Traditionally, fixed-rate mortgage loans have been available for 30 years or 15 years, leaving borrowers who want other loan terms limited to an adjustable rate mortgage (ARM). But many lenders today offer their customers more choices when it comes to a loan term, such as a 10- or 20-year loan -- or even a 40-year option.
The Mortgage Bankers Association (MBA) reported that in 2011 nearly 17 percent of all mortgage refinances were for a loan term other than 15 or 30 years.
Alternate mortgage and refinance terms
While a 30- or 15-year mortgage may work well for many borrowers, if you want to speed up your mortgage repayment and cannot afford the higher payments of a 15-year mortgage loan, a 20-year fixed-rate loan might do the trick. According to The New York Times, 20-year mortgage loans are the third most popular, right behind 30-year and 15-year loans.
If you're interested in a 20-year mortgage loan for your refinance, you can approach your current mortgage lender about this option, though you may also want to contact other mortgage lenders to compare rates and fees.
Ten-year loans may work for you if you have paid off a significant portion of your 30-year mortgage or want to pay off your home before you retire or send your kids to college. Just remember that even with a lower interest rate, your monthly payments when comparing a 30-year home loan to a 10-year home loan will likely be higher.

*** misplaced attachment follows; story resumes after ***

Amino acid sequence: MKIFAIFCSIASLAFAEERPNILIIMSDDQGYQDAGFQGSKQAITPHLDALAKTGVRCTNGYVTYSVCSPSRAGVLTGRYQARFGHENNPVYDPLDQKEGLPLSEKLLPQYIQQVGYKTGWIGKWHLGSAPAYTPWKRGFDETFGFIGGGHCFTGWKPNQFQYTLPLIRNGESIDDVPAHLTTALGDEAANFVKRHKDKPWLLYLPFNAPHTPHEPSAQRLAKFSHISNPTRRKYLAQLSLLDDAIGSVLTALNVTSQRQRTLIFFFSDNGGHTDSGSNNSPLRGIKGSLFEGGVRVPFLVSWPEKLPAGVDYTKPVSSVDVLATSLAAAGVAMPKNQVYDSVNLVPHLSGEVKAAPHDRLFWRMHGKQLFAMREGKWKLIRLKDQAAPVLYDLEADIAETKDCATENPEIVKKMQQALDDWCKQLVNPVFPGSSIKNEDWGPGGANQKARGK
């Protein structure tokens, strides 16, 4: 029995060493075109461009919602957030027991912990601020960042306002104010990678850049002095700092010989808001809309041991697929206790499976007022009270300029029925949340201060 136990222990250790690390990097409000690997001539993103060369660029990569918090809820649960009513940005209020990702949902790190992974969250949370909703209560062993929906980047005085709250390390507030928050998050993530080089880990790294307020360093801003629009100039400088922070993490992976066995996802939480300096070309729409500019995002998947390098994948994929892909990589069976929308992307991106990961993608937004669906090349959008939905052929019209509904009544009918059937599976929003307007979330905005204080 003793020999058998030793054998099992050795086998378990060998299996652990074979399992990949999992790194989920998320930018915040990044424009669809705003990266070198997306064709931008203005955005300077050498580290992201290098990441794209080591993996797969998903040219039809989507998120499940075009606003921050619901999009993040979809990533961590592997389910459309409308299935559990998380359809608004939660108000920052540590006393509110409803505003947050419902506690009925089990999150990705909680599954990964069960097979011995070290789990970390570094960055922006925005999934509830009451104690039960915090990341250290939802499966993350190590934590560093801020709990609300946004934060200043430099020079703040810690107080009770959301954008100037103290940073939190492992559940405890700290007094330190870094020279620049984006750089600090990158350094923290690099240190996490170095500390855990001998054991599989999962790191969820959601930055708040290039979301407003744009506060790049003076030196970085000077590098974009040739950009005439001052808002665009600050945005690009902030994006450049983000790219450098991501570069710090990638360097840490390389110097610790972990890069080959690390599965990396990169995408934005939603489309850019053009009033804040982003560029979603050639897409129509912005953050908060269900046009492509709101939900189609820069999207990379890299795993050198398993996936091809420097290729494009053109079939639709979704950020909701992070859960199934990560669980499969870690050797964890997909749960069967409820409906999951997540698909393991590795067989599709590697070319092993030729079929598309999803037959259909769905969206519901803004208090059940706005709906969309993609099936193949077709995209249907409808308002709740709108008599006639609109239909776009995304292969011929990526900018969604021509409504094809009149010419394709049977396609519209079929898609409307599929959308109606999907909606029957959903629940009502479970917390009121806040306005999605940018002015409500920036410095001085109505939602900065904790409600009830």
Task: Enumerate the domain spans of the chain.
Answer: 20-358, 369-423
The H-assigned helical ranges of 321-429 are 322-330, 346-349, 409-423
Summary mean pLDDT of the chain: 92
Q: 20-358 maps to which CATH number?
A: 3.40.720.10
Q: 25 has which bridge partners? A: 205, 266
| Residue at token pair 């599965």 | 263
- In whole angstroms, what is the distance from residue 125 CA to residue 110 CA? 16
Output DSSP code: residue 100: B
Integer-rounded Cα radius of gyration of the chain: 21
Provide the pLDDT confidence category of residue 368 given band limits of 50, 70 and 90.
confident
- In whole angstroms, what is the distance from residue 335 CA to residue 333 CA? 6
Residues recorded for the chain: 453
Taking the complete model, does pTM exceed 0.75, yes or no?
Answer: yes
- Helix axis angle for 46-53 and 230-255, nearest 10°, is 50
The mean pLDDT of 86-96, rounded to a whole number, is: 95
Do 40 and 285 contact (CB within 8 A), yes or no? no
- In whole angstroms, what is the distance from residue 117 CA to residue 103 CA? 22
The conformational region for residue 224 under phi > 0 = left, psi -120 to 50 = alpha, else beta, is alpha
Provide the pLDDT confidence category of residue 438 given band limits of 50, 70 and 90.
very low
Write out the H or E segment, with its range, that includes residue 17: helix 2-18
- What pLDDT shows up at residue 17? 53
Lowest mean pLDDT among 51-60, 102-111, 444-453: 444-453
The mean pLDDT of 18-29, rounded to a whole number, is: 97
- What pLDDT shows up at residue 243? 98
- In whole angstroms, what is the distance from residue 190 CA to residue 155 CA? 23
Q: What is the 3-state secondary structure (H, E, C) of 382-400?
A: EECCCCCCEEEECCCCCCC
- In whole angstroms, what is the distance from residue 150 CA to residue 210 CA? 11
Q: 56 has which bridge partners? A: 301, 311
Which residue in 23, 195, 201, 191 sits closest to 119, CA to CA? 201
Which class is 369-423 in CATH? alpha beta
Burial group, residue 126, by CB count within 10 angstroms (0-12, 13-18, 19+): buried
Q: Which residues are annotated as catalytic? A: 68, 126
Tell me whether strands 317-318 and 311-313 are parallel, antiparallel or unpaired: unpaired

Finding a lender who offers more unusual loan terms, such as a 17-year mortgage loan or a 22-year mortgage loan, may require more shopping. In addition, you should carefully review the fees and mortgage rates for an alternative mortgage loan because you may be offered the same rates as the nearest standard-term loan, which may not represent much of a deal.
If a lender offers to customize a loan for a higher fee, you may want to consider shopping around more or accepting a traditional mortgage term.
Mortgage loan customization
Another option is "self-customization": You can choose to refinance into the loan with the lowest mortgage rate, provided you can afford the standard payment, and then make extra payments toward your principal either by paying on a bi-weekly basis, adding a little extra to each monthly mortgage payment, or making one extra loan payment each year. You can use a mortgage calculator to estimate how soon you can pay off your loan in full based on your extra payments.
While it can become something of a game to figure out how to reduce your mortgage balance faster, financial experts suggest that you consider your mortgage in the context of your entire financial plan. If you have other debts, it may be best to repay them before your tackle your mortgage. Fully funding your retirement is also important. So no matter what term you choose, make sure your loan payments fit in with all of your financial goals.